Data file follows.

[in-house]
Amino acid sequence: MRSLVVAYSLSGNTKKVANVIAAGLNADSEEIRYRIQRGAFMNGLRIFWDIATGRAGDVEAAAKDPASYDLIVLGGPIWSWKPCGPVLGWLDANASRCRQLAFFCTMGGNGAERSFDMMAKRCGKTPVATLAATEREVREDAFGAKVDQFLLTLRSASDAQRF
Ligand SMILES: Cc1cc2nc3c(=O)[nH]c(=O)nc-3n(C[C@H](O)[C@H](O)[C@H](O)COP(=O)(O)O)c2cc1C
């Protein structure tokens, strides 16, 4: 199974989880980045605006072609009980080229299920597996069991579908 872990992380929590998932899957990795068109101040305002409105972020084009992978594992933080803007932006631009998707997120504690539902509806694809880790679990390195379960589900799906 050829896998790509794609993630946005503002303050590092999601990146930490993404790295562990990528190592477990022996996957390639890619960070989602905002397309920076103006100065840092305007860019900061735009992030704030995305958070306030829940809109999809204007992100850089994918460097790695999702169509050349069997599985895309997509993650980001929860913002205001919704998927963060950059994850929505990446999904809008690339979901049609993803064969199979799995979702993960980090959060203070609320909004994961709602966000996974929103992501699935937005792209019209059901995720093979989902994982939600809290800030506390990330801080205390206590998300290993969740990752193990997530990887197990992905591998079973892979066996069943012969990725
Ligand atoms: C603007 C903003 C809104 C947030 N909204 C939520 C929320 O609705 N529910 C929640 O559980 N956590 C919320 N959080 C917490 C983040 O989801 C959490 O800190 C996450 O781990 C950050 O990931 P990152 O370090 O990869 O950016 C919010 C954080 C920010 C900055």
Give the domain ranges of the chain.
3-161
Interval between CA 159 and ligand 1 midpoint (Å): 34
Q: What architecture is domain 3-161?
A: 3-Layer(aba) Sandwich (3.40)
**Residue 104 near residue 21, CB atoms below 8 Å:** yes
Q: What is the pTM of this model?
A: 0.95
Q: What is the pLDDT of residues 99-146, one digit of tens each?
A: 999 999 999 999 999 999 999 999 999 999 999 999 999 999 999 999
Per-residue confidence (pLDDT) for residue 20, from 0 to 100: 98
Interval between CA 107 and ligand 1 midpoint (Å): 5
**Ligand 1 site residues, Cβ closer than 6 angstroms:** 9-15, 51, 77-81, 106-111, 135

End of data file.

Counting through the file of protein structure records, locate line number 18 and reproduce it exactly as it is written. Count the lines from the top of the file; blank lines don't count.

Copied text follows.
**Ligand 1 site residues, Cβ closer than 6 angstroms:** 9-15, 51, 77-81, 106-111, 135